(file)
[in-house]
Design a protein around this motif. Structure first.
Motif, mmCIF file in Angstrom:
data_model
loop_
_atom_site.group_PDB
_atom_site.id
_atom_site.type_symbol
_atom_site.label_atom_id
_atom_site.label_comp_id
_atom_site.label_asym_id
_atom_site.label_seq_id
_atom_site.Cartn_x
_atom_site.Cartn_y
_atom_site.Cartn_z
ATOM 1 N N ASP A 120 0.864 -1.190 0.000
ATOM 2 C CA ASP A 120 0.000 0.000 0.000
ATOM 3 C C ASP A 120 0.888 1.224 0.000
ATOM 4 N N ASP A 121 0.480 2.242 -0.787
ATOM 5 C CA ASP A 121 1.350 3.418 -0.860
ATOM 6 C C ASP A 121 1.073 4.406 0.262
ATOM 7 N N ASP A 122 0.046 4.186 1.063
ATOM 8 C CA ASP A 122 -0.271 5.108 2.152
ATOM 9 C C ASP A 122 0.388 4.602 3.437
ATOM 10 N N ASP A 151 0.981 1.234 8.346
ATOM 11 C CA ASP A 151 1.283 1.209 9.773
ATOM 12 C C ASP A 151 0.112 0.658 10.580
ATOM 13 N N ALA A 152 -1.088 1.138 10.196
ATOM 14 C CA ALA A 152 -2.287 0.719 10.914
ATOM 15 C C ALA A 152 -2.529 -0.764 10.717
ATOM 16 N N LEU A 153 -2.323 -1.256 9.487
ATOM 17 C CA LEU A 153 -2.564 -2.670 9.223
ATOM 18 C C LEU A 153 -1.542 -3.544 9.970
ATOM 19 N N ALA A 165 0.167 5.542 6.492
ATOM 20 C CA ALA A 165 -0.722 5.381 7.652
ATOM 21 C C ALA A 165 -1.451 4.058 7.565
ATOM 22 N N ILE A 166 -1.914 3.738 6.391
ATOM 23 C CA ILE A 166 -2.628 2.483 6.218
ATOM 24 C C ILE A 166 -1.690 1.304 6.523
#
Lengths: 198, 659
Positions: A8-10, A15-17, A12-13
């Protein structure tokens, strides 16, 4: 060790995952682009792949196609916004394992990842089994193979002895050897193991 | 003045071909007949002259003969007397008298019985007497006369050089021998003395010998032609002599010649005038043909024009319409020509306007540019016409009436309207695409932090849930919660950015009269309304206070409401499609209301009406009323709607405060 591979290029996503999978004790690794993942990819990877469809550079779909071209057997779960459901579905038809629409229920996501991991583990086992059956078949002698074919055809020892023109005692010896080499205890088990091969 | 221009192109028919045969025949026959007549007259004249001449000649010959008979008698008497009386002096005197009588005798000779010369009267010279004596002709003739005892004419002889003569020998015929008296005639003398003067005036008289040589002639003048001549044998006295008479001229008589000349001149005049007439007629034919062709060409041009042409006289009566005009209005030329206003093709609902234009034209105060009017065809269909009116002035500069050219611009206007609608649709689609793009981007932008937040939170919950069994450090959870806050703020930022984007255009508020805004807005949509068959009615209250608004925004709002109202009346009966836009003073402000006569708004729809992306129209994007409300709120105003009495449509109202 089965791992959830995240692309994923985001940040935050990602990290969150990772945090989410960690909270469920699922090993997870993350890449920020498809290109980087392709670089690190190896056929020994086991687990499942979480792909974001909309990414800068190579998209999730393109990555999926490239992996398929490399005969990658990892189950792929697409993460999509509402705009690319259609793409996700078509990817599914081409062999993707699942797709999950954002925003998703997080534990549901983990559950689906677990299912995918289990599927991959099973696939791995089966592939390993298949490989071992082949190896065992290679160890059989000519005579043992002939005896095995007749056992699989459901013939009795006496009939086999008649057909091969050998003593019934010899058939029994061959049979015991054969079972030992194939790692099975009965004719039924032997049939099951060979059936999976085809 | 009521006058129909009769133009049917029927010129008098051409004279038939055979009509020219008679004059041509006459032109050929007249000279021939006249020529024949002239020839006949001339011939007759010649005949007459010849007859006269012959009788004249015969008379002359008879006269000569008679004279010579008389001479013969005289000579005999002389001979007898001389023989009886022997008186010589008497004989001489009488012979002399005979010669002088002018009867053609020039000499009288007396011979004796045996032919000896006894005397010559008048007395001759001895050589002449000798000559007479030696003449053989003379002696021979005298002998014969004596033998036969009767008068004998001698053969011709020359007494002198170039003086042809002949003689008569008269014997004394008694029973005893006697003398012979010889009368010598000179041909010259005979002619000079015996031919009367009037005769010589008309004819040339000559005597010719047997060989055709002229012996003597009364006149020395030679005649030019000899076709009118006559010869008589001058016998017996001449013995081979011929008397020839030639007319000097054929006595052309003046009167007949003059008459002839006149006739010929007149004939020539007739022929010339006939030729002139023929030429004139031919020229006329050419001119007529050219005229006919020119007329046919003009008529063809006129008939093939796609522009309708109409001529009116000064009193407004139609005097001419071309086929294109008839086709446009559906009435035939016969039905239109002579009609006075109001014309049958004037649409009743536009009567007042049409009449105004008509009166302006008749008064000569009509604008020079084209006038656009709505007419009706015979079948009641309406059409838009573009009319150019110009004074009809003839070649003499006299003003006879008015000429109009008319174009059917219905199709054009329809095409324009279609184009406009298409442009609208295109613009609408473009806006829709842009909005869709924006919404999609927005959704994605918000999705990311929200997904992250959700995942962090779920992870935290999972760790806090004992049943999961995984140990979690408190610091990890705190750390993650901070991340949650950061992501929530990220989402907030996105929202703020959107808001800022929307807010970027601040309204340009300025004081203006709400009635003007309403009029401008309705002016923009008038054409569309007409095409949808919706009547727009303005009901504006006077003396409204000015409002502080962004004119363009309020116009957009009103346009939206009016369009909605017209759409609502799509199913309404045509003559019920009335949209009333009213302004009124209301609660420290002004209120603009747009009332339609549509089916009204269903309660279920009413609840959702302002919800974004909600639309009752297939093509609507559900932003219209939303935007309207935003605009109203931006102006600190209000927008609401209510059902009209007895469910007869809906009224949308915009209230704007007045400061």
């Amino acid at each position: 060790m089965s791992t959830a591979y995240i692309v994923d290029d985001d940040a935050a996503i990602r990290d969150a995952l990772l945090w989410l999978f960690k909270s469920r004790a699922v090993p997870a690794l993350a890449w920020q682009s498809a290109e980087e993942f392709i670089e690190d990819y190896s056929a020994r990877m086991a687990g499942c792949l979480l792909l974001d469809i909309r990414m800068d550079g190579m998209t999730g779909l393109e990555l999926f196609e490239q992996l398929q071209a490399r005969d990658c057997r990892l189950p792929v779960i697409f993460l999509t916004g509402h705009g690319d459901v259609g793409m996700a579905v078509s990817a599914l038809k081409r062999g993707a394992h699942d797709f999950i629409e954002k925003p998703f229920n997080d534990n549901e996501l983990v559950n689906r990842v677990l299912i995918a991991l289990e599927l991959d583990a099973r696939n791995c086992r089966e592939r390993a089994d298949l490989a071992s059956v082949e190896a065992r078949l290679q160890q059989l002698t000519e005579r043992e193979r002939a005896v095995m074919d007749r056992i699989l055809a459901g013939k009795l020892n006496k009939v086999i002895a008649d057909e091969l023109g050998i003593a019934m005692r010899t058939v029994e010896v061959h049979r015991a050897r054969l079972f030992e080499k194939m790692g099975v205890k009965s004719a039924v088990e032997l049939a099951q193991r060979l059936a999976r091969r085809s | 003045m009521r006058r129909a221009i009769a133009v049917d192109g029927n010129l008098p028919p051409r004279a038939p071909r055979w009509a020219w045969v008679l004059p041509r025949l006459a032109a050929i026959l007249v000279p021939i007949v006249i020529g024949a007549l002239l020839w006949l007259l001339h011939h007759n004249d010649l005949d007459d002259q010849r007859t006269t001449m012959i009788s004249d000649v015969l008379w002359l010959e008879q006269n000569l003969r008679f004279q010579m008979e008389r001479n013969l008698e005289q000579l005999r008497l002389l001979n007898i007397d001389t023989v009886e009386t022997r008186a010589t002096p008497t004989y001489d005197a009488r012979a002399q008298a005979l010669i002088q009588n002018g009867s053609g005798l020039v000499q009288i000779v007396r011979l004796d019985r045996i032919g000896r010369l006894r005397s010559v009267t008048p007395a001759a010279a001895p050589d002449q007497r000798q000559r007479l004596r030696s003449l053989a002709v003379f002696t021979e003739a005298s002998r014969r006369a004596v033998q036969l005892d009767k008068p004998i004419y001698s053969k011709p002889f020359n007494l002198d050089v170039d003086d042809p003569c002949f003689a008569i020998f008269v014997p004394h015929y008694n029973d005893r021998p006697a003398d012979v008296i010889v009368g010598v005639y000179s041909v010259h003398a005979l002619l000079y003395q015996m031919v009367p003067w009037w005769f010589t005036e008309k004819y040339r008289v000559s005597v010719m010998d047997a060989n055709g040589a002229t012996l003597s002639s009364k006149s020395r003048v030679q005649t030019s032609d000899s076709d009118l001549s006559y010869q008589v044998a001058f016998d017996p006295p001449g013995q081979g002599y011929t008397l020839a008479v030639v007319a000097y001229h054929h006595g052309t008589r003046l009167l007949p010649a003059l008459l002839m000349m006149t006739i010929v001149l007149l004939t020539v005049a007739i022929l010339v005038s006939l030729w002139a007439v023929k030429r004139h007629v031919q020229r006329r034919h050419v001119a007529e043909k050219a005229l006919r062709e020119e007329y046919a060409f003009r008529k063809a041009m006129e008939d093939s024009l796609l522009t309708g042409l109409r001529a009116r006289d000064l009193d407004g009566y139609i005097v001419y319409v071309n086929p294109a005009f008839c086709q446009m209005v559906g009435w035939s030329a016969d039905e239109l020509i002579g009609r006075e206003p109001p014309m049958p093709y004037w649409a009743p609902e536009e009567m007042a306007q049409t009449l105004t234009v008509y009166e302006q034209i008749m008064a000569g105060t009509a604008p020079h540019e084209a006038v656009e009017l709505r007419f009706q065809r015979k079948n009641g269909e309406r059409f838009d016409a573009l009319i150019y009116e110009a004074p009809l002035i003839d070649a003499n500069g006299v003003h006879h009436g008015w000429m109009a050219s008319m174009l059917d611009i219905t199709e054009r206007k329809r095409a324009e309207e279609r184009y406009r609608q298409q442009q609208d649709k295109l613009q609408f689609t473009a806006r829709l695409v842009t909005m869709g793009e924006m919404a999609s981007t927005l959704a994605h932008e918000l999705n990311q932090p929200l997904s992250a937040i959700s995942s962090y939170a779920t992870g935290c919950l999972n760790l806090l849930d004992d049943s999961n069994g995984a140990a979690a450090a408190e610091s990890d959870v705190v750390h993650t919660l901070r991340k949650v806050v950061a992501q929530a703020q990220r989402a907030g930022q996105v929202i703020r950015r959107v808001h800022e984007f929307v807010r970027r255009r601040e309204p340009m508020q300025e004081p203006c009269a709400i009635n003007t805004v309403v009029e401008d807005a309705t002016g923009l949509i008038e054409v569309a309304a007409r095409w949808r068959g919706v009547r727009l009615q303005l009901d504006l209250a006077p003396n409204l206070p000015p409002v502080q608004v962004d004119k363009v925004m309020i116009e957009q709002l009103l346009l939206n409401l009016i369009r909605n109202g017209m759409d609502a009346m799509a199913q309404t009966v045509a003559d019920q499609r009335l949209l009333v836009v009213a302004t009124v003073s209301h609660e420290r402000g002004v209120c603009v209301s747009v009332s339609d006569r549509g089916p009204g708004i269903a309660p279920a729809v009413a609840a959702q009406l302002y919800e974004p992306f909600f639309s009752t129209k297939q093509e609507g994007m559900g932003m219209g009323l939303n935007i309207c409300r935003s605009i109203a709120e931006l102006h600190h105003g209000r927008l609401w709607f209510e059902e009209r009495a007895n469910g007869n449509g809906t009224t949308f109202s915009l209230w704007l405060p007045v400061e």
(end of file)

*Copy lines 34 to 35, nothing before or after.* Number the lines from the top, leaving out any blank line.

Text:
ATOM 19 N N ALA A 165 0.167 5.542 6.492
ATOM 20 C CA ALA A 165 -0.722 5.381 7.652